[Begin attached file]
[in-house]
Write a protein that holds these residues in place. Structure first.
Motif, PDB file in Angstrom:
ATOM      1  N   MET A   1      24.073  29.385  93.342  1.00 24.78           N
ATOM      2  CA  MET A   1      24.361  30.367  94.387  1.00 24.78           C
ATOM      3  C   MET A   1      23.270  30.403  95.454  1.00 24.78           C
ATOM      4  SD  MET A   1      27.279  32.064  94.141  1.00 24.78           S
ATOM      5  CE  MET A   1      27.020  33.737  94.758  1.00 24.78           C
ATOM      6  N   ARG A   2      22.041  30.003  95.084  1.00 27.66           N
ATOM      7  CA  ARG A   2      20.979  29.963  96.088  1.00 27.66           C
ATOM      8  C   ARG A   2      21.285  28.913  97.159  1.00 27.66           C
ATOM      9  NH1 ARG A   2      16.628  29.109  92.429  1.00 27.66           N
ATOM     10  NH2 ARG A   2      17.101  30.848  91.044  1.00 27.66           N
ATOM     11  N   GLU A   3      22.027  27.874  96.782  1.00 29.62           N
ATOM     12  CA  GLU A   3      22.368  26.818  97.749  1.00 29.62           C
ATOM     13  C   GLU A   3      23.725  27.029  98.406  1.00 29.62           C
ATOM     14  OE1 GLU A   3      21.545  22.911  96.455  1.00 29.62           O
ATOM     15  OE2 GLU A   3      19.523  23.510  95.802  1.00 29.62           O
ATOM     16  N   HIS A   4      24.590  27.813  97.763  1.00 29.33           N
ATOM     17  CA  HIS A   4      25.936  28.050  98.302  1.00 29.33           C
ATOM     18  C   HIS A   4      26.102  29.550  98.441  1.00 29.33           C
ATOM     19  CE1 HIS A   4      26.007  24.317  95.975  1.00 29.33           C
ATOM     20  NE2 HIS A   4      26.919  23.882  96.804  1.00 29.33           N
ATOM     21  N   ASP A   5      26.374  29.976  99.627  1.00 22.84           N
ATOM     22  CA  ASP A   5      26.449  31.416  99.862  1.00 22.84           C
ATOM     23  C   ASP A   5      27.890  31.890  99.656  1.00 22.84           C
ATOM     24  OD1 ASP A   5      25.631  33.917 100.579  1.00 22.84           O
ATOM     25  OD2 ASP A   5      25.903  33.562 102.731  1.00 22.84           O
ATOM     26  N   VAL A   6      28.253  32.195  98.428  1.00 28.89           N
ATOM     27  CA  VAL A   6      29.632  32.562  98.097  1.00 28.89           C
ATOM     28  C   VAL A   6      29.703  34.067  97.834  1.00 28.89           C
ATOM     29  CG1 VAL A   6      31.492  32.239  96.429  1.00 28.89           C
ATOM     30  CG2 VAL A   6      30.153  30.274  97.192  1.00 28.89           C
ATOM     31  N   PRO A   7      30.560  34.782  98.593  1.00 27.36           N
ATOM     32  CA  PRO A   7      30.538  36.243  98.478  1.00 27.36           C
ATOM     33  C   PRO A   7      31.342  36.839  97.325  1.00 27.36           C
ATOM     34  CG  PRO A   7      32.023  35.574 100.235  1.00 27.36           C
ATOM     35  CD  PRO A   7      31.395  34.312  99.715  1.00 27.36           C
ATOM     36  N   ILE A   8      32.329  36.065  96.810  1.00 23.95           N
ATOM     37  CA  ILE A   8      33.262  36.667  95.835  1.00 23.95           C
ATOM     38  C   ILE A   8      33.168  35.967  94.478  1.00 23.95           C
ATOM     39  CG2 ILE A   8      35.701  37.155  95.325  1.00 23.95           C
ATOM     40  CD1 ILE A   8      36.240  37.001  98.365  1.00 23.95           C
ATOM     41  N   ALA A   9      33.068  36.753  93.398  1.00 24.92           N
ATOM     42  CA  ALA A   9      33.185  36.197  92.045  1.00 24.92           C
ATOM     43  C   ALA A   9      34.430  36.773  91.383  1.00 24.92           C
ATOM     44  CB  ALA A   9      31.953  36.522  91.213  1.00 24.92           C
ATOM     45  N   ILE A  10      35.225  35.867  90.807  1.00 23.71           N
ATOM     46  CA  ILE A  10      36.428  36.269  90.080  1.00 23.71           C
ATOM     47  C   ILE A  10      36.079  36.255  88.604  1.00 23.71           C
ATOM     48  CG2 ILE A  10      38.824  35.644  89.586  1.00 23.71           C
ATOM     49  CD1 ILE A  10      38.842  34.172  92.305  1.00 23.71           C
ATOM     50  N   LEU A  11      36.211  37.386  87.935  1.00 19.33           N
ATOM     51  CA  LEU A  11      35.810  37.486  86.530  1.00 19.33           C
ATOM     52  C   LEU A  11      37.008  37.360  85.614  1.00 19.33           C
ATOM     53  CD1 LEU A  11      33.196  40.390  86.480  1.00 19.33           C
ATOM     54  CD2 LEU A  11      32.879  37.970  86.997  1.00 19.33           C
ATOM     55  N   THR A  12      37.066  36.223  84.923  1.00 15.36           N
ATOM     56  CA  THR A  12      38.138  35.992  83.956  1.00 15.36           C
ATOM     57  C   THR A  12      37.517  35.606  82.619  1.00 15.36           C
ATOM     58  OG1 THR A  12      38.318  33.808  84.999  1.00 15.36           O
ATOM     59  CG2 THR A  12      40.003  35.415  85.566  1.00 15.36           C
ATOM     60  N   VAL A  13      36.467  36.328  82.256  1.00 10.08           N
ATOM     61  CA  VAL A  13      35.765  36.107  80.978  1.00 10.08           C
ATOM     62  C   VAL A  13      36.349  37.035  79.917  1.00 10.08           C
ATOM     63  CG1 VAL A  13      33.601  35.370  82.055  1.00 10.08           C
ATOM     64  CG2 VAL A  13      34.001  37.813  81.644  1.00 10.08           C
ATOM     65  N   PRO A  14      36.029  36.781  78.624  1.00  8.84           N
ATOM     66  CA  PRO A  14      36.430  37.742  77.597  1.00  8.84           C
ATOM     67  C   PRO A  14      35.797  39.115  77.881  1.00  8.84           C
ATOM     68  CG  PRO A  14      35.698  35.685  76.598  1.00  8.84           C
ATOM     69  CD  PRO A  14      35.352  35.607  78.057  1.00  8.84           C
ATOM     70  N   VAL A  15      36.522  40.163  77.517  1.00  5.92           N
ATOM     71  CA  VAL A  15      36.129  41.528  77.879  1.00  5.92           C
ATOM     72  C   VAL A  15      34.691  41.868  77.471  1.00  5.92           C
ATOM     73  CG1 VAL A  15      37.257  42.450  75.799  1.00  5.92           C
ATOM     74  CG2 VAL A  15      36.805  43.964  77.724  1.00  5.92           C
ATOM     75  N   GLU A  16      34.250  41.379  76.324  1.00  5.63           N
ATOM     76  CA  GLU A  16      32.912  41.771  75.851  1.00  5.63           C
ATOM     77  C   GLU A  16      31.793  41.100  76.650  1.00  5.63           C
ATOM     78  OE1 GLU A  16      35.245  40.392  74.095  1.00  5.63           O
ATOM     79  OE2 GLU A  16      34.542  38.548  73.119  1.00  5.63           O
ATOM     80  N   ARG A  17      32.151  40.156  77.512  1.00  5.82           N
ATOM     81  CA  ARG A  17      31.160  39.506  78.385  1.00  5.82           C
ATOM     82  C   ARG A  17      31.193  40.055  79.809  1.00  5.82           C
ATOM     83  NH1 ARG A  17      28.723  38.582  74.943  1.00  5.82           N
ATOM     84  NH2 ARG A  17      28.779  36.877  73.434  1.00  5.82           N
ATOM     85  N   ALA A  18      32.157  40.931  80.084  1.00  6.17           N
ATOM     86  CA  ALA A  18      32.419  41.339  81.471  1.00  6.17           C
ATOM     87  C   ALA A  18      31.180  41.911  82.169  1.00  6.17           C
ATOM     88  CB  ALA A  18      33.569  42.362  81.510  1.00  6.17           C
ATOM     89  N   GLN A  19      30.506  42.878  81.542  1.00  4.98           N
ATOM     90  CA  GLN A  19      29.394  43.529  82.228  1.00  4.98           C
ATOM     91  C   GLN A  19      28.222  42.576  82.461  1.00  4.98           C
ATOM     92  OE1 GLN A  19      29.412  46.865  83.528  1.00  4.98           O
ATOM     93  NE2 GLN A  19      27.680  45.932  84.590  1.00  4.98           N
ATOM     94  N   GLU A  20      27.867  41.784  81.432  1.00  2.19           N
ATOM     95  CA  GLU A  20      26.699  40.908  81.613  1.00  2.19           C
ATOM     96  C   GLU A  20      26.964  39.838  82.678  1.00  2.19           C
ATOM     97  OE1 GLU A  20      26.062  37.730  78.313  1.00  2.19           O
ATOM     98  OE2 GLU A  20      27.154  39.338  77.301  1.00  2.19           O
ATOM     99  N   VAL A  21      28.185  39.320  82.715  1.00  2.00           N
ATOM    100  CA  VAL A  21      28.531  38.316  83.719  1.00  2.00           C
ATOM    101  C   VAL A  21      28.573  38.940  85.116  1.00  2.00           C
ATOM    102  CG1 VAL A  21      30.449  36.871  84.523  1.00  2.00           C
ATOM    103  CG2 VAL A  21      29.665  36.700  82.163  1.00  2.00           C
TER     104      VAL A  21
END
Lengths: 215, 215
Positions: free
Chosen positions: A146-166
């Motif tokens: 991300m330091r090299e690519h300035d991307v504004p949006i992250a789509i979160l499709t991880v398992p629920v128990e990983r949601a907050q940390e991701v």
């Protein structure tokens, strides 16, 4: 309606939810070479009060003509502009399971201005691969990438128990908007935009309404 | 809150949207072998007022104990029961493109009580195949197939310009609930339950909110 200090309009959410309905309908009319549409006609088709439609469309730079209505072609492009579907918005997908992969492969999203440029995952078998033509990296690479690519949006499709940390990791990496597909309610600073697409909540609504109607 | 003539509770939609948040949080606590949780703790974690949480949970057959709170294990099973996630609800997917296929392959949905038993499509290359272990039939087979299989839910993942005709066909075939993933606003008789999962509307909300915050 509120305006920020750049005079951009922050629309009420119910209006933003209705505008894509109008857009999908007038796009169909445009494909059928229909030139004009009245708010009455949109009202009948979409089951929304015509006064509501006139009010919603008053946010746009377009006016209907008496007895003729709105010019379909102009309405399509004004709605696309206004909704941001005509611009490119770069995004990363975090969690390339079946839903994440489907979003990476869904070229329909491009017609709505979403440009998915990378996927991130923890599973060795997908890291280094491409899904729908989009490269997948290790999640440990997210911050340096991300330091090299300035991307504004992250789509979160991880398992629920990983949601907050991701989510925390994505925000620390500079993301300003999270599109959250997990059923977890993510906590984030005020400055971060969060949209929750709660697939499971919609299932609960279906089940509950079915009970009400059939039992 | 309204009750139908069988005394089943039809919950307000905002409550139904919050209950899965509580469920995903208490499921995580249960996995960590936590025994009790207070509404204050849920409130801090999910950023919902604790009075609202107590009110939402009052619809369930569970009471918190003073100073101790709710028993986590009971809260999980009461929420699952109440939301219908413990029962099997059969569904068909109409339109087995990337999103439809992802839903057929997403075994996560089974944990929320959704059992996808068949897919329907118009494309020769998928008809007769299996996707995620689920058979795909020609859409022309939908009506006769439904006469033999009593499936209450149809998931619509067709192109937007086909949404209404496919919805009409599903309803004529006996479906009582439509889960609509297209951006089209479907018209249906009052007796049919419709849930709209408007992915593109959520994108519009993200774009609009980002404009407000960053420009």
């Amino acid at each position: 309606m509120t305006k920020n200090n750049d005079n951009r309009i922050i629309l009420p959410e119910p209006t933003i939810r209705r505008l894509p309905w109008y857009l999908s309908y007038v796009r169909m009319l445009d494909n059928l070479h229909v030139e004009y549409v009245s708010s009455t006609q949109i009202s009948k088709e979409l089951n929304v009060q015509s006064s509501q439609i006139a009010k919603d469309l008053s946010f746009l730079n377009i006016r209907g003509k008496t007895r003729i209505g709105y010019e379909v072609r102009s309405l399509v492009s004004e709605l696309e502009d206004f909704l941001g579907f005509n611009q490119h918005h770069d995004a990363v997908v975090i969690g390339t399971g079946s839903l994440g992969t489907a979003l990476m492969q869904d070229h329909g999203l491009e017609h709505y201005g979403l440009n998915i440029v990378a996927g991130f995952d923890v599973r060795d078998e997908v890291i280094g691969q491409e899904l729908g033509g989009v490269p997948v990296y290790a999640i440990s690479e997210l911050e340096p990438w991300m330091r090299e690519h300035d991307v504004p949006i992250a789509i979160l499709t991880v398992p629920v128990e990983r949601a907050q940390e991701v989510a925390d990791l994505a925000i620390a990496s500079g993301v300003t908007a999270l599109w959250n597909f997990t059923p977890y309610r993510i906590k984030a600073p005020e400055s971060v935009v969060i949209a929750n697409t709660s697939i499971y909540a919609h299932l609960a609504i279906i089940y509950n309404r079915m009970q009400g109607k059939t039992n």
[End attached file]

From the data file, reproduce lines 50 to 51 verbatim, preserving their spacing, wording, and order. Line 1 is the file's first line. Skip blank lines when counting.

ATOM     47  C   ILE A  10      36.079  36.255  88.604  1.00 23.71           C
ATOM     48  CG2 ILE A  10      38.824  35.644  89.586  1.00 23.71           C